Although I feel womanly solidarity in that we all face similar challenges with our children and I empathize with their spouses’ unavailability for travel (and I also bow down to their ability to juggle multiple infants alone!), when I mentioned this to Margo, as well as the pros of the “holding down the fort” argument, he wasn’t 100% convinced. “Yeah that’s all true, but I would like to go.” Knowing he’s someone who doesn’t express their wants and needs often, his words didn’t fall on deaf ears. And perhaps that is the one expectation that most disappointingly approached reality: that on the subject of traveling together as a family,  reunion or otherwise, bright sides or not, ultimately we didn’t have any choice but for Daddy to stay home.

The political-personal border

Long-standing “problems” with immigration and the border. The recently unveiled immigration reform proposal by President Obama. Our book. My own life. Never before has the political felt so urgent and personal to me, and yet never before have I felt so reticent about diving into political matters.

That’s kind of weird, so I’ve got to explore this. Although I’ve never held public office, I’ve also never shied away from politics. That’s probably because I never made much of a distinction between the personal and the political per se—at least as defined by Google dictionary (see below*) If you accept those definitions, you could say I got political pretty young, when I began organizing on behalf of the environment. I guess ever since my family exposed me to nature and I attended those camps as a kid, I decided the environment was something important to me, and it seemed like a no-brainer that whatever we did as individuals or a society had an impact on our greater world. Although I was long drawn to leadership positions, I was always far from feeling uniquely empowered—to the contrary, I was convinced (and still am) that anyone and everyone could make a difference in their community with a minimum of effort, and with good reason—my friends and colleagues and I managed to do some pretty incredible things.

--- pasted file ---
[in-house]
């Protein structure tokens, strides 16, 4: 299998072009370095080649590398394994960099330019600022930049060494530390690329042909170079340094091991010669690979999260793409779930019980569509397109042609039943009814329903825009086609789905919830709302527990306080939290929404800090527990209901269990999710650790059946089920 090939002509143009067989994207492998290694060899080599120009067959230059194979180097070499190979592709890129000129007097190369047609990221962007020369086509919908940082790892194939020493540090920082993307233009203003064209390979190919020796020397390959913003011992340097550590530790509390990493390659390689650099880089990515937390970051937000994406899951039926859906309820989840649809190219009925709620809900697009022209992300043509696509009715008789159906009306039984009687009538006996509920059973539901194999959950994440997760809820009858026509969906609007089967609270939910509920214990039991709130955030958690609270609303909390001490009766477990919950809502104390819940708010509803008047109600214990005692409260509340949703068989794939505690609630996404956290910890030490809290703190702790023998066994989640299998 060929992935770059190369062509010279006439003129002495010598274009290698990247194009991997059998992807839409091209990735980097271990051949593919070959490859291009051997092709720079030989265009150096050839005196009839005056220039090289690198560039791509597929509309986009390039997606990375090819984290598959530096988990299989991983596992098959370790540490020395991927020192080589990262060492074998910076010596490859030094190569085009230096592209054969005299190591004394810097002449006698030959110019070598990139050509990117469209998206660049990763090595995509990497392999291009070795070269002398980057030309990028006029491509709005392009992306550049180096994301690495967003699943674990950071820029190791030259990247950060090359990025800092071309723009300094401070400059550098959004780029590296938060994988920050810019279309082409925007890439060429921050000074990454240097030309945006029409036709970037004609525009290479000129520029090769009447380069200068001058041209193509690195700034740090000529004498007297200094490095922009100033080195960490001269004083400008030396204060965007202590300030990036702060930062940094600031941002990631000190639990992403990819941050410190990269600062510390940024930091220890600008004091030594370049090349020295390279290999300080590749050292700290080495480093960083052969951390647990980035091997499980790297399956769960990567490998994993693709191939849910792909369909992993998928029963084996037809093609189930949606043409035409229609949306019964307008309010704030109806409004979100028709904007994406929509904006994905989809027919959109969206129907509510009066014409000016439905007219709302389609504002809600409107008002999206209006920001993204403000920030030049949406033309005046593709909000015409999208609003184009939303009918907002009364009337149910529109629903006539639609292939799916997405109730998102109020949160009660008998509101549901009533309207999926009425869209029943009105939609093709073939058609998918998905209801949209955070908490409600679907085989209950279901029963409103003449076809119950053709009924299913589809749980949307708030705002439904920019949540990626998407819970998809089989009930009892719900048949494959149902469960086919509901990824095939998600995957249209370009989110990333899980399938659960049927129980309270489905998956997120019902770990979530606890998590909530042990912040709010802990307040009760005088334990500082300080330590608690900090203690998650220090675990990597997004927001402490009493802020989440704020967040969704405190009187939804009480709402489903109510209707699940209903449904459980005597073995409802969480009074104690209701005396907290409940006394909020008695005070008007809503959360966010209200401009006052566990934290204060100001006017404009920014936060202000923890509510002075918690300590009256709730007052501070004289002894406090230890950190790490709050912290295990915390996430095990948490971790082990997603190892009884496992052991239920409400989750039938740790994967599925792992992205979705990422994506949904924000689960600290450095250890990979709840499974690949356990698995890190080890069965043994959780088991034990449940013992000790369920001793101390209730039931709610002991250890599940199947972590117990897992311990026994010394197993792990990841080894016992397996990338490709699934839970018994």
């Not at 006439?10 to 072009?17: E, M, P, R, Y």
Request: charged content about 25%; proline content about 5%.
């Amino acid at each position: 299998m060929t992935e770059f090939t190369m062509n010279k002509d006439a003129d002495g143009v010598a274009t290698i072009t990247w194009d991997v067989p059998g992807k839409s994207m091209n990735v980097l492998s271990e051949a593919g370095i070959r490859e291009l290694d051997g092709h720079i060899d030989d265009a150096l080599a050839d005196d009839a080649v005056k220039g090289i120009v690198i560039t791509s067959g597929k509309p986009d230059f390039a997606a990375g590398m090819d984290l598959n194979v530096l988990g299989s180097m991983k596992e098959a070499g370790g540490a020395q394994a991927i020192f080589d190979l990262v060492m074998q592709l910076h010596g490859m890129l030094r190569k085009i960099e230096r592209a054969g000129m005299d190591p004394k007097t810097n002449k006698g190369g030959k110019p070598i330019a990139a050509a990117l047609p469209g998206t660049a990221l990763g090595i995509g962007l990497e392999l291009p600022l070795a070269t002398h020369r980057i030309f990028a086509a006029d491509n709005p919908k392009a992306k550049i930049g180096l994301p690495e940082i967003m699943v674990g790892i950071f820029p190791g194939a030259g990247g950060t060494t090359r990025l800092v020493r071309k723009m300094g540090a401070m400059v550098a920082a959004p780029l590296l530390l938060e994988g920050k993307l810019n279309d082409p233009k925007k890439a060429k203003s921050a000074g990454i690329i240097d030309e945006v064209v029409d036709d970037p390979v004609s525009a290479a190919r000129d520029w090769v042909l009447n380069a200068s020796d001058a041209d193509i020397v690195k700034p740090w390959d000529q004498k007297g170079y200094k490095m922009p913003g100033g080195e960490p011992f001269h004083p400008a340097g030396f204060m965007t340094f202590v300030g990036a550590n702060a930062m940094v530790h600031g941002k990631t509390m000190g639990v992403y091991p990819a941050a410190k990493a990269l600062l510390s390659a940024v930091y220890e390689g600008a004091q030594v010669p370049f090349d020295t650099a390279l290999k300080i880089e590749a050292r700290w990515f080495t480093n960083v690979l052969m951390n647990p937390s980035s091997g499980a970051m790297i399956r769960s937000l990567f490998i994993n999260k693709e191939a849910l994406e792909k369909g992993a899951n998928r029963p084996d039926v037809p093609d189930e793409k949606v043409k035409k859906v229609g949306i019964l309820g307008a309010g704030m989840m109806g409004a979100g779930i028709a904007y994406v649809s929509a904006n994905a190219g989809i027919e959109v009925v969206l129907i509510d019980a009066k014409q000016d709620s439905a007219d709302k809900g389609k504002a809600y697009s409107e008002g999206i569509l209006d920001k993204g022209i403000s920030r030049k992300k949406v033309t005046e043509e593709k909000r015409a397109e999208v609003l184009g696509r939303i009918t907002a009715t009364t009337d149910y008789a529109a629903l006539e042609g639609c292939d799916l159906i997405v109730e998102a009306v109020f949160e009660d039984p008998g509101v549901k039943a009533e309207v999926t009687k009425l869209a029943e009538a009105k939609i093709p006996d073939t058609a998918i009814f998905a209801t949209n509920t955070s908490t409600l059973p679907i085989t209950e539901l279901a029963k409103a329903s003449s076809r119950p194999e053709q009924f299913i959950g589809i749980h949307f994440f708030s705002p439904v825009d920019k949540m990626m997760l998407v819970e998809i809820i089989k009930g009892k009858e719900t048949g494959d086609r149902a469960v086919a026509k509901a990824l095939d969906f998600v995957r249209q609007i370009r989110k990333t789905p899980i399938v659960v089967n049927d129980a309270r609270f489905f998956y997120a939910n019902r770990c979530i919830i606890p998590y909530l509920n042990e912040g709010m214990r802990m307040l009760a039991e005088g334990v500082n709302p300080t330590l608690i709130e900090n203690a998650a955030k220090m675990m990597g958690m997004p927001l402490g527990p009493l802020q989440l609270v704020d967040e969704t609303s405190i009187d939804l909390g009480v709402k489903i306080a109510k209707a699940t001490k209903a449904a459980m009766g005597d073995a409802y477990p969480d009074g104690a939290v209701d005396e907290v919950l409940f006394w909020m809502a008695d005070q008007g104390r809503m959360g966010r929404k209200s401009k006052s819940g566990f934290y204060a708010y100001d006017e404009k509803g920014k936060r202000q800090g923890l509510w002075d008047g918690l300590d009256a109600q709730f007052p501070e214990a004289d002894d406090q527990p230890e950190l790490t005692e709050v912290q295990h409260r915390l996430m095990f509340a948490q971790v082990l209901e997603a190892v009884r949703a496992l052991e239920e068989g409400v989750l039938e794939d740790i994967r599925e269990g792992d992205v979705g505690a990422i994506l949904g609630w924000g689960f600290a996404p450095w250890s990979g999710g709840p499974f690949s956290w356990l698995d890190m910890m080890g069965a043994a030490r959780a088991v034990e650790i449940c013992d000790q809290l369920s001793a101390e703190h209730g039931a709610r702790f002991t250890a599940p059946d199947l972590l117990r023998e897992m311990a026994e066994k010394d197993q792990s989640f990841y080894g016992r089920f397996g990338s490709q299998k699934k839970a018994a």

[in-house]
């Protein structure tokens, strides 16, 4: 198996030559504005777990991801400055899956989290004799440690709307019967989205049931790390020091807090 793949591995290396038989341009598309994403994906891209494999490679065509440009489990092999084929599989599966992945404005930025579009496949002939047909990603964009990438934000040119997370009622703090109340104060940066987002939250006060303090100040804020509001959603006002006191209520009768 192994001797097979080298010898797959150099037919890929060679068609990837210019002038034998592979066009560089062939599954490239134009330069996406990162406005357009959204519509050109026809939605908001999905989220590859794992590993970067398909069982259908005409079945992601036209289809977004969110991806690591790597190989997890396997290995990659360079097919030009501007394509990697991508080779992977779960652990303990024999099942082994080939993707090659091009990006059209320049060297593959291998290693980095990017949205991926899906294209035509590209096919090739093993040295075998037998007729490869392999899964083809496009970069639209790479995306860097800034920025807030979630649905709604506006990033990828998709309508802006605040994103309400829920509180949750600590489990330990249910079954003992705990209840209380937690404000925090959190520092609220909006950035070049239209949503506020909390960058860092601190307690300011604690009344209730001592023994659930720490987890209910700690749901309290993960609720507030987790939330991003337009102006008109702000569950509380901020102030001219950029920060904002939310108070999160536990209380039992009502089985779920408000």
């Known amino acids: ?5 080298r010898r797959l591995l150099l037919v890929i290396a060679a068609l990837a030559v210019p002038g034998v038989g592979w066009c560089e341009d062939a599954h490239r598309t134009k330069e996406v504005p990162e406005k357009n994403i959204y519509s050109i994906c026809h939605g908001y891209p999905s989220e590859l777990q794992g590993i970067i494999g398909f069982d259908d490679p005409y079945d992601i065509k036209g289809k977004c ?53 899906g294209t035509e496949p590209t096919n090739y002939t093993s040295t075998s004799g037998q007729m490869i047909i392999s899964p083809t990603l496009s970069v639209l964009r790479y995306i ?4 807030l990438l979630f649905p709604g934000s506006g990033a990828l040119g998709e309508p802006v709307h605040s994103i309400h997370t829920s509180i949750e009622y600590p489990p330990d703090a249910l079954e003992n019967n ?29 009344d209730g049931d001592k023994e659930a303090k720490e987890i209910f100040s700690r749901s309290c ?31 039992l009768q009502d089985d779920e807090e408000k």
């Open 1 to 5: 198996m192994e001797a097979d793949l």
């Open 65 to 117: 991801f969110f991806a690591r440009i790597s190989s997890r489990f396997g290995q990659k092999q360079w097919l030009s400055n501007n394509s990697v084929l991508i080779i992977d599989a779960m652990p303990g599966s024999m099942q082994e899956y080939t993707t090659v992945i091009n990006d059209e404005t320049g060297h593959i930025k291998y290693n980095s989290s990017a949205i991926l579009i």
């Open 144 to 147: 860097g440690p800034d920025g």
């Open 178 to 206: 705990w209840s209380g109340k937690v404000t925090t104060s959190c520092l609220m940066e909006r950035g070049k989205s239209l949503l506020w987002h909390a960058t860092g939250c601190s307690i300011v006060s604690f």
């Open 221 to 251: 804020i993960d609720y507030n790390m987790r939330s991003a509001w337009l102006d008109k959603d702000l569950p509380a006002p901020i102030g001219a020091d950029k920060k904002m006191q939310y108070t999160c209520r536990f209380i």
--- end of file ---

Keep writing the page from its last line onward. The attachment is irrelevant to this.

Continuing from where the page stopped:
Artwork from National Museum of Independence in Dolores Hidalgo, Gto. MX

It was with this sense of confidence that I first approached the issue of adjusting my husband’s immigration status. But as we recount in Amor and Exile, almost everyone who becomes involved with an undocumented immigrant eventually runs into a wall of legal complexity that seems impossible to overcome. Everyone deals with their disempowerment in different ways, and the reasons for their decisions are as intricate as the laws and societal pressures that influence them. Some couples fight tooth and nail to achieve official status for the undocumented partner, and win (or lose). Some couples prefer self-preservation and live under the radar for a short time, or forever. Some stay together. Some are separated. The living situations can be voluntary or forced. Our situation is a combination of several of the above.